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Differential Equation -01


Well-known member
Jan 25, 2013
Please find the general solution of :

$xy'-2y =x^2$


Staff member
Feb 24, 2012
Multiplying through by $x^{-3}$ where $x\ne0$, we obtain:

\(\displaystyle x^{-2}y'-2x^{-3}y=x^{-1}\)

Now we may observe that the left have side is the derivative of a product:

\(\displaystyle \frac{d}{dx}\left(x^{-2}y \right)=x^{-1}\)

Integrate with respect to $x$:

\(\displaystyle \int\frac{d}{dx}\left(x^{-2}y \right)\,dx=\int x^{-1}\,dx\)

\(\displaystyle x^{-2}y=\ln|x|+C\)

Thus, we find the general solution is:

\(\displaystyle y(x)=x^2\left(\ln|x|+C \right)\)

Prove It

Well-known member
MHB Math Helper
Jan 26, 2012
Just because it might not be obvious why we should multiply by \(\displaystyle \displaystyle \begin{align*} x^{-3} \end{align*}\)...

\(\displaystyle \displaystyle \begin{align*} x\,\frac{dy}{dx} - 2y &= x^2 \\ \frac{dy}{dx} - \frac{2}{x}\,y &= x \end{align*}\)

which is now a first order linear DE. The integrating factor is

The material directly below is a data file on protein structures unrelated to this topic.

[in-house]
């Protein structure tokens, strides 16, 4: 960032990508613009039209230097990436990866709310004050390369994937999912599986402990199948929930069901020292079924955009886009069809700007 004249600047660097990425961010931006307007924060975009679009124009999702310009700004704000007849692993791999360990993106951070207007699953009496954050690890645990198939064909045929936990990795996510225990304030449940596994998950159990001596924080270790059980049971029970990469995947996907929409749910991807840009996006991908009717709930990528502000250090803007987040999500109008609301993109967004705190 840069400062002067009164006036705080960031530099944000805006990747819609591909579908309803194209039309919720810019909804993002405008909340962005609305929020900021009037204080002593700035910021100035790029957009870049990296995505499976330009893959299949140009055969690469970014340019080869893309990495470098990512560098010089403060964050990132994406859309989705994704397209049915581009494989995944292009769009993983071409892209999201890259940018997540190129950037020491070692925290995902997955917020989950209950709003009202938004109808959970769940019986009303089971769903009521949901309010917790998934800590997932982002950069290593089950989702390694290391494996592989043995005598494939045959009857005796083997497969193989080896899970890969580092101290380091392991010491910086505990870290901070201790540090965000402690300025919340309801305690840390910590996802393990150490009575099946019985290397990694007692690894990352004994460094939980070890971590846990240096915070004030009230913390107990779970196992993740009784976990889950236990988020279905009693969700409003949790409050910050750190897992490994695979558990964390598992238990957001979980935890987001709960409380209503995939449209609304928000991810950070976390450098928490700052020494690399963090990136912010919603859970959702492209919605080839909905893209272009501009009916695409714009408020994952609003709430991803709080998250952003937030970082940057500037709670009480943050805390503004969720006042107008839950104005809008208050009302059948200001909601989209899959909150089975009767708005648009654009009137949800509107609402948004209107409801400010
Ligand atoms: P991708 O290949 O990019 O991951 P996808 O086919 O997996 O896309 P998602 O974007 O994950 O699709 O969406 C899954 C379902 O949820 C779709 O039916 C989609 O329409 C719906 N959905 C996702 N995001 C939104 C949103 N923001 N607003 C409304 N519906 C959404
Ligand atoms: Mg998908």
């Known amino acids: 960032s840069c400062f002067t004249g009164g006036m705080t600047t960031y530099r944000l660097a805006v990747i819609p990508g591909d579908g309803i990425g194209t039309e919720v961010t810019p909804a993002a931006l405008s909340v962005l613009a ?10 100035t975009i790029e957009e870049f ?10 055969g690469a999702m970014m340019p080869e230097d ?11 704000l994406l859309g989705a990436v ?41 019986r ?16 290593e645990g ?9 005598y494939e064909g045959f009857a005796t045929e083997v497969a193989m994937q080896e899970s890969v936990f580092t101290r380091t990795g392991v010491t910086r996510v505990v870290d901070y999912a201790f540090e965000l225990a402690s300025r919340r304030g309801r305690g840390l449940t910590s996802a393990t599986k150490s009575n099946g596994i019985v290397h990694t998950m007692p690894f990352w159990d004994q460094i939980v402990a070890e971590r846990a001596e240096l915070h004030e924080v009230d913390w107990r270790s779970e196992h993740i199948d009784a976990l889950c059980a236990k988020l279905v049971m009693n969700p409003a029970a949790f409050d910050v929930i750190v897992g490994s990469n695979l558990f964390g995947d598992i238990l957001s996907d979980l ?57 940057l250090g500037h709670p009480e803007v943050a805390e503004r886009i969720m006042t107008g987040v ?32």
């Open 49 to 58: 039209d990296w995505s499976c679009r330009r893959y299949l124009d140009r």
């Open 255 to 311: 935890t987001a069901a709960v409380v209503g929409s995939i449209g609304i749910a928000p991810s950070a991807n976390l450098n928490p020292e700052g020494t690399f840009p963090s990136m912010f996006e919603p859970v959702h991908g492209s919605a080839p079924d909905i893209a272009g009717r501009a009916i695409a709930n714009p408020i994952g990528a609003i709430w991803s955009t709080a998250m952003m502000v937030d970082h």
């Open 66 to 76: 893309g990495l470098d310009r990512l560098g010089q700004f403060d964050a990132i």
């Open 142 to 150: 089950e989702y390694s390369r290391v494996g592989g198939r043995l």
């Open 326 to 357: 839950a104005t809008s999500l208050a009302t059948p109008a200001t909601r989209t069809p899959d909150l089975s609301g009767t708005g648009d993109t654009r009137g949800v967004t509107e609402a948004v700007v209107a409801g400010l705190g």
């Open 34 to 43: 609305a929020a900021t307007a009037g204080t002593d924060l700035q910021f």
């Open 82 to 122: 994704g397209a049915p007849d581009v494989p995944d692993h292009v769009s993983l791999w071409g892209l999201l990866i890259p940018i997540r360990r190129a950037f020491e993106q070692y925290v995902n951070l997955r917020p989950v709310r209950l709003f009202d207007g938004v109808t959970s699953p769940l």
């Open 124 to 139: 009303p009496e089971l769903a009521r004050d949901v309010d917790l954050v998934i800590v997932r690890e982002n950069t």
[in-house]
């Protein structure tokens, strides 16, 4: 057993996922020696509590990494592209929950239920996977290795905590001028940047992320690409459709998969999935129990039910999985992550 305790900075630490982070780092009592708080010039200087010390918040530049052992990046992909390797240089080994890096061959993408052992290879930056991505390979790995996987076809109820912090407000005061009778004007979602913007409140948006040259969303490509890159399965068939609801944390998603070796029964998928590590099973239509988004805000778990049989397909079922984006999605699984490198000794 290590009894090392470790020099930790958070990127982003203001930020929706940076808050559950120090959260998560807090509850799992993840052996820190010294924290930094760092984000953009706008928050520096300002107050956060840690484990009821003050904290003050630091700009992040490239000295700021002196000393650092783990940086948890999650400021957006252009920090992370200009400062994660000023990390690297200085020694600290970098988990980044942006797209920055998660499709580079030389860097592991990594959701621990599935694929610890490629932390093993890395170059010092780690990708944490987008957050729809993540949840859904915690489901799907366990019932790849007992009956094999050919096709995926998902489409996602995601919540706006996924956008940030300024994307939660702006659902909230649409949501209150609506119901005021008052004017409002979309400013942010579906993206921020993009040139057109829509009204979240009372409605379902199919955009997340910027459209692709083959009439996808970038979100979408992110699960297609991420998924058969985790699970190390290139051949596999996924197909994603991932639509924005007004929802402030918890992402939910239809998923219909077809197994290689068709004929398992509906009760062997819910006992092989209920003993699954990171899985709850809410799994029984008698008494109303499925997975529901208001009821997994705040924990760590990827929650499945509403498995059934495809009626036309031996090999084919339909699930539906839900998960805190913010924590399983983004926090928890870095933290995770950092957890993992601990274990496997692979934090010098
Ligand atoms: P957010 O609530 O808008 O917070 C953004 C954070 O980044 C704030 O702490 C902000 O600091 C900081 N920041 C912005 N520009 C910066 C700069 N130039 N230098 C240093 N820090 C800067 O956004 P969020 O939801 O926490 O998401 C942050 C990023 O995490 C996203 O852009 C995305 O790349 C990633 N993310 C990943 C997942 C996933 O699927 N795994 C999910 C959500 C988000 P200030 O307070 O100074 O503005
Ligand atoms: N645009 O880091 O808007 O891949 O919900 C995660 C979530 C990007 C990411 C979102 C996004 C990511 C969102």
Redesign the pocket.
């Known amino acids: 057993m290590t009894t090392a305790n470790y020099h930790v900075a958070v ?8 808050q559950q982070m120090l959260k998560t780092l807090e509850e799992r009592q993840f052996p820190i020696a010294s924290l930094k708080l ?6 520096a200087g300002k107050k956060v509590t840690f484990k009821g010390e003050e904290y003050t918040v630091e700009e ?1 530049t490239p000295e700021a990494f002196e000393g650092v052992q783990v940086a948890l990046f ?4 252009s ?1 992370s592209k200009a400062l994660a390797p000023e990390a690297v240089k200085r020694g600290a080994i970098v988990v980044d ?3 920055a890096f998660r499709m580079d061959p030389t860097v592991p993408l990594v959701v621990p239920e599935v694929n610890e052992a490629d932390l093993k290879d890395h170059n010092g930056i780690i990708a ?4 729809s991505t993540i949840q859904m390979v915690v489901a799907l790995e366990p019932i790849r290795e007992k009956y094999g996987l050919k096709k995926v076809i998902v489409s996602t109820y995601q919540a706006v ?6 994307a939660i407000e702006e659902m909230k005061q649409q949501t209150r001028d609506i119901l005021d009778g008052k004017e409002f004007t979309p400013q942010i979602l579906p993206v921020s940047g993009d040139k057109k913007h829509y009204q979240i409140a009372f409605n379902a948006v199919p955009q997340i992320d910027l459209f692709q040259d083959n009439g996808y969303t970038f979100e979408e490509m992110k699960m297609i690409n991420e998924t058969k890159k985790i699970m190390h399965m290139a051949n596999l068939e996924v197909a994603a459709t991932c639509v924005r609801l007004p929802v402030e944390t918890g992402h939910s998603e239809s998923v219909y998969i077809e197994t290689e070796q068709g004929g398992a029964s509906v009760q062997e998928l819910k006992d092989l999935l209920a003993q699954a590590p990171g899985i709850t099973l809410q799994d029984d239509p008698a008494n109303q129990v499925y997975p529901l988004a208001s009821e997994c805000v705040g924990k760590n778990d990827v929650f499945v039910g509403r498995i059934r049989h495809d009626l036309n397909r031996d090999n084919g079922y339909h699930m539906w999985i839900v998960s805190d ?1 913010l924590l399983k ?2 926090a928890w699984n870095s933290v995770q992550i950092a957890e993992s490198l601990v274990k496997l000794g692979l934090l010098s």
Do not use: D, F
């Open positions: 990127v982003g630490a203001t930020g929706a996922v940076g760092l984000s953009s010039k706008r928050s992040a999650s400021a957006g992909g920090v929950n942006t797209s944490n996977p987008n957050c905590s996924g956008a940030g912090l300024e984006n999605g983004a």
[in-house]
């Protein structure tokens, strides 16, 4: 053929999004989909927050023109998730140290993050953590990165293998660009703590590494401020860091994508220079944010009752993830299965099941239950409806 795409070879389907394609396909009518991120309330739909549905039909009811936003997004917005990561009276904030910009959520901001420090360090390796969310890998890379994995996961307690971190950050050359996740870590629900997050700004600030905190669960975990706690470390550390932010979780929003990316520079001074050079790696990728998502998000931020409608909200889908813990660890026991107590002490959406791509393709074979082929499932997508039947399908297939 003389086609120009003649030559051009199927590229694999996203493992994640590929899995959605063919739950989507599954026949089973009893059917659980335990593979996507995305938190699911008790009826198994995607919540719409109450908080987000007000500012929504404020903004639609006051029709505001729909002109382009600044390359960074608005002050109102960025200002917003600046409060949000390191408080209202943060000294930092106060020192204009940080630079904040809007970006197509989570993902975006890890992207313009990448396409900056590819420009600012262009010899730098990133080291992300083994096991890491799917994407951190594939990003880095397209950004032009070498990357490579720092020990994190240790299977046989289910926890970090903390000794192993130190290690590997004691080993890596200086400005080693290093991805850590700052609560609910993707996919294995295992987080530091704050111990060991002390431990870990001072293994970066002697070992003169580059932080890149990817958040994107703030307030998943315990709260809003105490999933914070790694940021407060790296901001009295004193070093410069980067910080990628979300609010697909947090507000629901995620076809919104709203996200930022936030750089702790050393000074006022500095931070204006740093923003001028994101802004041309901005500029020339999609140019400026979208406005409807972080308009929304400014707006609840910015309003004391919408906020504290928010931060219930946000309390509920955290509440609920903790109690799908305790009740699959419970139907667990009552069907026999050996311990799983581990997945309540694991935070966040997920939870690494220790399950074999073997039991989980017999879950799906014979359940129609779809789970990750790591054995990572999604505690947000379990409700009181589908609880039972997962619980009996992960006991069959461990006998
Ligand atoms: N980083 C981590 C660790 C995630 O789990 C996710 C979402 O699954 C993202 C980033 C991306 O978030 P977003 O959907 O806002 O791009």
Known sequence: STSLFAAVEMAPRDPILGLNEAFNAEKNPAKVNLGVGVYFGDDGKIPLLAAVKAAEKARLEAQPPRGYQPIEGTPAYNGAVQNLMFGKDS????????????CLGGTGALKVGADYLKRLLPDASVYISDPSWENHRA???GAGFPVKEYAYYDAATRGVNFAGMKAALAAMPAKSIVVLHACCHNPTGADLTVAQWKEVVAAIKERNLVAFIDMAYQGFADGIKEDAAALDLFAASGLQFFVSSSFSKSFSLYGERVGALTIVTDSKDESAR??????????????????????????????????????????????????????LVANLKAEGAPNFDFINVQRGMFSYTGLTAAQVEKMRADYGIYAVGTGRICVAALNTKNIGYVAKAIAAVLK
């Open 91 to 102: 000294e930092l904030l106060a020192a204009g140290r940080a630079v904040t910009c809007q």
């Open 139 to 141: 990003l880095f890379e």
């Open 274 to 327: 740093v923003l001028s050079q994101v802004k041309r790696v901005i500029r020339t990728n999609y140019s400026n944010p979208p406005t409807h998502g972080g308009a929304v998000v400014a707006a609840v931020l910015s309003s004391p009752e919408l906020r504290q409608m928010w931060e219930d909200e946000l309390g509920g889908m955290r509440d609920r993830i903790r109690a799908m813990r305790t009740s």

\(\displaystyle \displaystyle \begin{align*} e^{ \int{ -\frac{2}{x} \, dx } } = e^{ -2\ln{(x)} } = e^{ \ln{ \left( x^{-2} \right) } } = x^{-2} \end{align*} \)

so multiplying both sides of our linear DE by the integrating factor gives

\(\displaystyle \displaystyle \begin{align*} x^{-2}\,\frac{dy}{dx} - 2x^{-3}\,y &= \frac{1}{x} \end{align*}\)

which is the same as multiplying the original equation by \(\displaystyle \displaystyle \begin{align*} x^{-3} \end{align*}\).


Indicium Physicus
Staff member
Jan 26, 2012
Another method is to recognize that the equation is Cauchy-Euler. Hence, you can substitute $y=x^{r}$ and solve for $r$. You will need reduction of order to get the logarithm function. Alternatively, the substitution $t=\ln(x)$ renders the equation first-order linear with constant coefficients, at which point you employ the usual methods.